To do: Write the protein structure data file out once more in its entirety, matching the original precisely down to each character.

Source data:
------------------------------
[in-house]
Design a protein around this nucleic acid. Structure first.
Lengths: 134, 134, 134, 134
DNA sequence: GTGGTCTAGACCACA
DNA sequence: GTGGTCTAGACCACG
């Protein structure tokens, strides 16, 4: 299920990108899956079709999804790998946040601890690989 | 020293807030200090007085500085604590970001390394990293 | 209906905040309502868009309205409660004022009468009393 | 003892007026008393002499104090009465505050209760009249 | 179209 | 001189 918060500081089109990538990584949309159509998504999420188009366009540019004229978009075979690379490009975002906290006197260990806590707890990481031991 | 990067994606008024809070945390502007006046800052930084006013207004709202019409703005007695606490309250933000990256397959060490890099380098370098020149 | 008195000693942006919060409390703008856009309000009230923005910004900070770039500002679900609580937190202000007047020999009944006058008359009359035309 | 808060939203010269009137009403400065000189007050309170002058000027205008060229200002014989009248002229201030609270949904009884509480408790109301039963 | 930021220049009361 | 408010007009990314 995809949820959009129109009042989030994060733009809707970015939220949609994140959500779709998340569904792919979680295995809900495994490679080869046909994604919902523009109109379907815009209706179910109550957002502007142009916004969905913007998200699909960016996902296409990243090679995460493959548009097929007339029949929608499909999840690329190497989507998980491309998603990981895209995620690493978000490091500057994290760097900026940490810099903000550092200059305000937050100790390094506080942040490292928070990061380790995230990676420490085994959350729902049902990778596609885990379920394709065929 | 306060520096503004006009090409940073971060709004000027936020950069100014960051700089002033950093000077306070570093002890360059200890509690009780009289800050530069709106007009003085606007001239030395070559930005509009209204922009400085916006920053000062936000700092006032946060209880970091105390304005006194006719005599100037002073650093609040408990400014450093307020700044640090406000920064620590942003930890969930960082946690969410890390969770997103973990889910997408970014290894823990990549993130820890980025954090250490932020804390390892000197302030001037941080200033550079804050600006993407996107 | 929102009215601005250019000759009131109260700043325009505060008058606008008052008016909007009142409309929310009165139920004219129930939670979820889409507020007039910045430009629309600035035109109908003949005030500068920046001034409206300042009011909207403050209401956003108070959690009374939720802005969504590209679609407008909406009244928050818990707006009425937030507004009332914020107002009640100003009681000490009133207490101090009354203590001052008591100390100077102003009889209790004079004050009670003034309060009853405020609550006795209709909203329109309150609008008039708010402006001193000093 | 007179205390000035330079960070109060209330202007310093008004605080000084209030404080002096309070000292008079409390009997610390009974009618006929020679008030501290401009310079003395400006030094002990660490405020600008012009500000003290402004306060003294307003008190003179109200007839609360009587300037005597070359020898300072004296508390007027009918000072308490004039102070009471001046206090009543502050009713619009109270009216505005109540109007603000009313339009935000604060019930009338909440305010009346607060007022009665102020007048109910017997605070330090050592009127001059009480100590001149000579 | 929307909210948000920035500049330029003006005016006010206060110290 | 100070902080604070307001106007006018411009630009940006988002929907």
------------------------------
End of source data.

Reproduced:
[in-house]
Design a protein around this nucleic acid. Structure first.
Lengths: 134, 134, 134, 134
DNA sequence: GTGGTCTAGACCACA
DNA sequence: GTGGTCTAGACCACG
């Protein structure tokens, strides 16, 4: 299920990108899956079709999804790998946040601890690989 | 020293807030200090007085500085604590970001390394990293 | 209906905040309502868009309205409660004022009468009393 | 003892007026008393002499104090009465505050209760009249 | 179209 | 001189 918060500081089109990538990584949309159509998504999420188009366009540019004229978009075979690379490009975002906290006197260990806590707890990481031991 | 990067994606008024809070945390502007006046800052930084006013207004709202019409703005007695606490309250933000990256397959060490890099380098370098020149 | 008195000693942006919060409390703008856009309000009230923005910004900070770039500002679900609580937190202000007047020999009944006058008359009359035309 | 808060939203010269009137009403400065000189007050309170002058000027205008060229200002014989009248002229201030609270949904009884509480408790109301039963 | 930021220049009361 | 408010007009990314 995809949820959009129109009042989030994060733009809707970015939220949609994140959500779709998340569904792919979680295995809900495994490679080869046909994604919902523009109109379907815009209706179910109550957002502007142009916004969905913007998200699909960016996902296409990243090679995460493959548009097929007339029949929608499909999840690329190497989507998980491309998603990981895209995620690493978000490091500057994290760097900026940490810099903000550092200059305000937050100790390094506080942040490292928070990061380790995230990676420490085994959350729902049902990778596609885990379920394709065929 | 306060520096503004006009090409940073971060709004000027936020950069100014960051700089002033950093000077306070570093002890360059200890509690009780009289800050530069709106007009003085606007001239030395070559930005509009209204922009400085916006920053000062936000700092006032946060209880970091105390304005006194006719005599100037002073650093609040408990400014450093307020700044640090406000920064620590942003930890969930960082946690969410890390969770997103973990889910997408970014290894823990990549993130820890980025954090250490932020804390390892000197302030001037941080200033550079804050600006993407996107 | 929102009215601005250019000759009131109260700043325009505060008058606008008052008016909007009142409309929310009165139920004219129930939670979820889409507020007039910045430009629309600035035109109908003949005030500068920046001034409206300042009011909207403050209401956003108070959690009374939720802005969504590209679609407008909406009244928050818990707006009425937030507004009332914020107002009640100003009681000490009133207490101090009354203590001052008591100390100077102003009889209790004079004050009670003034309060009853405020609550006795209709909203329109309150609008008039708010402006001193000093 | 007179205390000035330079960070109060209330202007310093008004605080000084209030404080002096309070000292008079409390009997610390009974009618006929020679008030501290401009310079003395400006030094002990660490405020600008012009500000003290402004306060003294307003008190003179109200007839609360009587300037005597070359020898300072004296508390007027009918000072308490004039102070009471001046206090009543502050009713619009109270009216505005109540109007603000009313339009935000604060019930009338909440305010009346607060007022009665102020007048109910017997605070330090050592009127001059009480100590001149000579 | 929307909210948000920035500049330029003006005016006010206060110290 | 100070902080604070307001106007006018411009630009940006988002929907």